The Dec. 28 article "Problems mount for Iraqi vote" suggested that "an array of serious challenges" faces Iraq's Independent Electoral Commission (IECI), as it prepares for the landmark Jan. 30 polls. This is true - but the 40-strong UN elections team advising the IECI and its 1,000 staff members never said that it would be easy. It is unfortunate that your reporter did not contact me before the piece was filed. Had this been done, your audience would have been presented with a different picture of polling day preparations.
The source of the reporter's information could not, as claimed, have been a UN memo, nor an international UN consultant. No formal UN memo exists with the alarmist information your reporter uses, nor do UN elections consultants work in Arbil, where the article was datelined.
Rather, much of the information appears to be a distortion of a Dec. 23 document concerning preparations for the elections that was issued by my office to members of the donor community and others involved in supporting the IECI in its preparations for the elections. A UN memorandum would carry a level of formality not present in the Dec. 23 brief that appears to have been used as a source for the article. In that brief, I was quite clear that despite the challenges, significant progress was being made in preparing for the elections.
For instance, contrary to what the article claimed, voter education work has already begun and an extensive countrywide public information campaign is presently under way.
Nor is it correct to suggest that there has been a "significant reduction" in the number of polling stations to be set up when compared with early estimates. An estimate is just that - a best-possible prediction in the circumstances, with numbers on the high side to ensure that enough resources are available. The approximately 29,000 polling stations now planned will give all eligible Iraqis an opportunity to vote.
The claim that it has been difficult for the commission to recruit workers is also baseless. The IECI currently employs close to 1,000 staff in Iraq. Almost 2,000 Iraqis applied for the IECI's board-level positions, and this level of interest has been mirrored at all levels of the electoral administration. It is indeed true that some polling centers will be located inside schools, and teachers and administrators will be asked to assist, but there will be no element of compulsion, as the article implied.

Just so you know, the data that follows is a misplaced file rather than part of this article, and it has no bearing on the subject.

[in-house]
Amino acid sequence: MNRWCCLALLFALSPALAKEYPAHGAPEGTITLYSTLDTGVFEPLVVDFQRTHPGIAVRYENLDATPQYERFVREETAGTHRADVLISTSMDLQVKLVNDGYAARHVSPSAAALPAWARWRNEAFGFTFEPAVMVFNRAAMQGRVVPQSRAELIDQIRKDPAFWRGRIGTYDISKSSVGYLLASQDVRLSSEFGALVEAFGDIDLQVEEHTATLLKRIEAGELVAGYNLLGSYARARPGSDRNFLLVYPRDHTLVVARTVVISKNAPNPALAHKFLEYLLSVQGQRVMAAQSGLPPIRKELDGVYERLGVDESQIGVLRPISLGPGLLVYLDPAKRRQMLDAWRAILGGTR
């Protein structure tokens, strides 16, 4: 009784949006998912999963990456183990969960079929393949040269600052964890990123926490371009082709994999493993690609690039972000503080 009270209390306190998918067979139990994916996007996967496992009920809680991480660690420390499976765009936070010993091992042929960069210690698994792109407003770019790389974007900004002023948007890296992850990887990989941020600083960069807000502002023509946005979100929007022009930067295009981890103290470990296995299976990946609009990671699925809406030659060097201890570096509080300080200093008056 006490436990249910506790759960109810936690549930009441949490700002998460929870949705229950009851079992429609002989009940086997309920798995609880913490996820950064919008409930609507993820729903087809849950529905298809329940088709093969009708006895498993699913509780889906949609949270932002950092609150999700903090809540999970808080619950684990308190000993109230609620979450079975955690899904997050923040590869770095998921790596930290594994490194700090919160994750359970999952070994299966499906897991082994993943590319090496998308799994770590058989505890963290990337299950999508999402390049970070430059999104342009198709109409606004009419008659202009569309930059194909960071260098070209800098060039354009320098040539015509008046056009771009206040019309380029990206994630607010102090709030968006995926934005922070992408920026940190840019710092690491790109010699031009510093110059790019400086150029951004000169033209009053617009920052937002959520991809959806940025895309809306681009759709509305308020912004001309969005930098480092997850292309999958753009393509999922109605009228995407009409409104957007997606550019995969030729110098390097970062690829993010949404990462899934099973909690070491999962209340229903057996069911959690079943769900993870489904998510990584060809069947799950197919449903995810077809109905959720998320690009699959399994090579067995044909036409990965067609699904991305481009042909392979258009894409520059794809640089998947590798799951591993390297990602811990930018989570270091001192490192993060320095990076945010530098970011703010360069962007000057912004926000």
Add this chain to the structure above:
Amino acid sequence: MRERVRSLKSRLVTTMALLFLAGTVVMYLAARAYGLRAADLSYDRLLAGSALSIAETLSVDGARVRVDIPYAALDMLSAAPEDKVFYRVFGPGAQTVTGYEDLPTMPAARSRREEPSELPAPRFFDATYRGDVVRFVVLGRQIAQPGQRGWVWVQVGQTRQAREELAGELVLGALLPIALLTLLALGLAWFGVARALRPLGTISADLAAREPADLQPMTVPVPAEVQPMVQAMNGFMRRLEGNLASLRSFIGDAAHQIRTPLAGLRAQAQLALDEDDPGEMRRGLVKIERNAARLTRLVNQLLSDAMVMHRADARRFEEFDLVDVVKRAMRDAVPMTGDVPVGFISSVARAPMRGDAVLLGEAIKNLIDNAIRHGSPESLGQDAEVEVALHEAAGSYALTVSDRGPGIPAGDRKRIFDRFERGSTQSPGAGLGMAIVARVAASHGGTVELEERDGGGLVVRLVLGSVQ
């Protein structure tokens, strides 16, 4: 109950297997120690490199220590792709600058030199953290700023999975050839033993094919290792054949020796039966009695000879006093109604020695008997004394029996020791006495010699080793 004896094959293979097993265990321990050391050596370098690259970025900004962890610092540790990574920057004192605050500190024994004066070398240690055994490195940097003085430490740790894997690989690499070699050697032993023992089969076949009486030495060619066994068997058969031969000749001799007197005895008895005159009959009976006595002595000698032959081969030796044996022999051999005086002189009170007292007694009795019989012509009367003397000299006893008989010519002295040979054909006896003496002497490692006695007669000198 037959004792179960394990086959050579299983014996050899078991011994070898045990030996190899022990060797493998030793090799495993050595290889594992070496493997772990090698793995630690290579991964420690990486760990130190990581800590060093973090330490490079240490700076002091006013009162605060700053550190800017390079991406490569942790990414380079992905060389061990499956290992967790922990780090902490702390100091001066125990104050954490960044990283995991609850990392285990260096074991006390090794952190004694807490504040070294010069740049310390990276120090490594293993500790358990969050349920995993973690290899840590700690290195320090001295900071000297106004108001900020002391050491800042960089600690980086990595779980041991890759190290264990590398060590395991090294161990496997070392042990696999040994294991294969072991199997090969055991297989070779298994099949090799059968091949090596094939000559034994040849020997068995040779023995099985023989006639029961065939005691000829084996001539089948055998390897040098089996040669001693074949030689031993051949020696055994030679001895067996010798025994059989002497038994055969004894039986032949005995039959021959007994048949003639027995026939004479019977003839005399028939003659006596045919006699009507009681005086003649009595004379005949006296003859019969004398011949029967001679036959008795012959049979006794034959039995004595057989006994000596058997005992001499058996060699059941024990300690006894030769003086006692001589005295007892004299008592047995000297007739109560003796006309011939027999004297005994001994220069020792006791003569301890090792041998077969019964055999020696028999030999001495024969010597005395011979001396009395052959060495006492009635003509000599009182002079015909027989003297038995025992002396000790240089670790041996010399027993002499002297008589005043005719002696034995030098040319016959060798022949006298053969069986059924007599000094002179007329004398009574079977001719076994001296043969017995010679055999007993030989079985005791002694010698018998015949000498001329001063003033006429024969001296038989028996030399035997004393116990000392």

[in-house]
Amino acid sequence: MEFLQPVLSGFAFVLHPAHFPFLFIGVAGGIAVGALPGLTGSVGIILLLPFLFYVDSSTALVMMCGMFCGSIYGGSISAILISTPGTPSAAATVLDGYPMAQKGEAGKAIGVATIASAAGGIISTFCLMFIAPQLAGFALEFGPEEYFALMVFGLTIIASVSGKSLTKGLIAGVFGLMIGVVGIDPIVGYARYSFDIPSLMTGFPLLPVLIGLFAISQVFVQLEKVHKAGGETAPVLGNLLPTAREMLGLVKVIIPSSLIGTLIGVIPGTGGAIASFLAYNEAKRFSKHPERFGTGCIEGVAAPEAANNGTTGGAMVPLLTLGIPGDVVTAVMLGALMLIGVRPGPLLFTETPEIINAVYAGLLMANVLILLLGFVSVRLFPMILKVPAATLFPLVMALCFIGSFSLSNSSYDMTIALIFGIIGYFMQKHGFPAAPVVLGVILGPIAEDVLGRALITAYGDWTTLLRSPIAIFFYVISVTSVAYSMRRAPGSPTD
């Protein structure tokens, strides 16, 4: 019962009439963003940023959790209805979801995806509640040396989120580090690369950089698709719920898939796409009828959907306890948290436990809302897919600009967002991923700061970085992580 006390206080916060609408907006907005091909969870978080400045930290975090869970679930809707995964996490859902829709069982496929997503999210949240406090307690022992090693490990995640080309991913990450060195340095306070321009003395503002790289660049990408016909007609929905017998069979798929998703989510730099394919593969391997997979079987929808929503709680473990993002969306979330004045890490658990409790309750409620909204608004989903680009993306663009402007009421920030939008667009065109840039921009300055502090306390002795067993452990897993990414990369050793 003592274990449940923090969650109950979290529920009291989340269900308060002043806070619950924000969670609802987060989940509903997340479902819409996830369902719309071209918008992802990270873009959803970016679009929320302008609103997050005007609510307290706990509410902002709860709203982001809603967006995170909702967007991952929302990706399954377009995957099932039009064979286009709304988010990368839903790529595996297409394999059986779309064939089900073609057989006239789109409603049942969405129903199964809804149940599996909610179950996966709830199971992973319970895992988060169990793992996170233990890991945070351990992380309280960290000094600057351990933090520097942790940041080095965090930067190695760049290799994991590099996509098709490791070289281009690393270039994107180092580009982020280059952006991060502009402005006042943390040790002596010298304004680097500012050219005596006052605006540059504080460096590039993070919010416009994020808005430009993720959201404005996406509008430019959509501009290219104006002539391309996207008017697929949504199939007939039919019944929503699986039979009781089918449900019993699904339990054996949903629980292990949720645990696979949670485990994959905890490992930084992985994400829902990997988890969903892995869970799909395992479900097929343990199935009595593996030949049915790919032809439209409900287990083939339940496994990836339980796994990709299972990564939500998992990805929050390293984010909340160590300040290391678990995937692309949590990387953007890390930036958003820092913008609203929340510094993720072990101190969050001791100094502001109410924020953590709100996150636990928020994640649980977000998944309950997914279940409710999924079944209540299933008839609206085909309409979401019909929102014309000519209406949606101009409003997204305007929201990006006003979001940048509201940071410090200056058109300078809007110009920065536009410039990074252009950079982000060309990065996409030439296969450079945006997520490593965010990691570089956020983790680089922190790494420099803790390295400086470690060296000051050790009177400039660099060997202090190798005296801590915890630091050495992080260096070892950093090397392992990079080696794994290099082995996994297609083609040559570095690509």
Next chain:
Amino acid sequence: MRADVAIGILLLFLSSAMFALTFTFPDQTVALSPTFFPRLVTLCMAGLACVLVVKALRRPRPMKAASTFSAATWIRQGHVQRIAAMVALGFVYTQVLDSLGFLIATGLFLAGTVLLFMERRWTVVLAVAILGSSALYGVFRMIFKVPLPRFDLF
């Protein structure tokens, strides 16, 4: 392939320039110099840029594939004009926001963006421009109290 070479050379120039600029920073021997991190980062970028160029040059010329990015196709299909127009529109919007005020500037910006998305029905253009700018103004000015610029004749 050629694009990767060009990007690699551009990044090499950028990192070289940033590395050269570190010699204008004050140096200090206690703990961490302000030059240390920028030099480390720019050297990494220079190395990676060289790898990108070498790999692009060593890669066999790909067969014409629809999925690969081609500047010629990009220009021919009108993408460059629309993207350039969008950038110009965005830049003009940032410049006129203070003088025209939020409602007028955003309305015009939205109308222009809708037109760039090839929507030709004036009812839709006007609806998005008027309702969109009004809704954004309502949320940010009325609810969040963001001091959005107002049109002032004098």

It is also a complete misrepresentation to suggest that electoral commissioners "begged" for funds to finance protection for themselves and their families. The truth is that international donors asked the UN how they could contribute meaningfully to the IECI, and the commissioners' personal security was identified. As a result, a formal request was made to the UN by the Commission and funding was immediately forthcoming.
It should be noted that in most of the country, technical preparations are proceeding according to plan with appropriate security measures. In Anbar and parts of Nineveh, special arrangements have been made. Details about these plans will be provided at the appropriate moment.
Although circumstances are difficult, elections are, from a technical perspective, on track overall. In large part, this is due to the dedication and commitment shown by IECI staff who are working determinedly for the vote and for their country's future.
Chief of Electoral Office, United Nations Assistance Mission for Iraq (UNAMI) and International Observer of the Independent Electoral Commission of Iraq (IECI)
Editor's response: The information that our article attributed to "a new memo from the chief UN election official in Iraq" was taken directly from the text of a Dec. 23 memo sent from Mr. Valenzuela's office.
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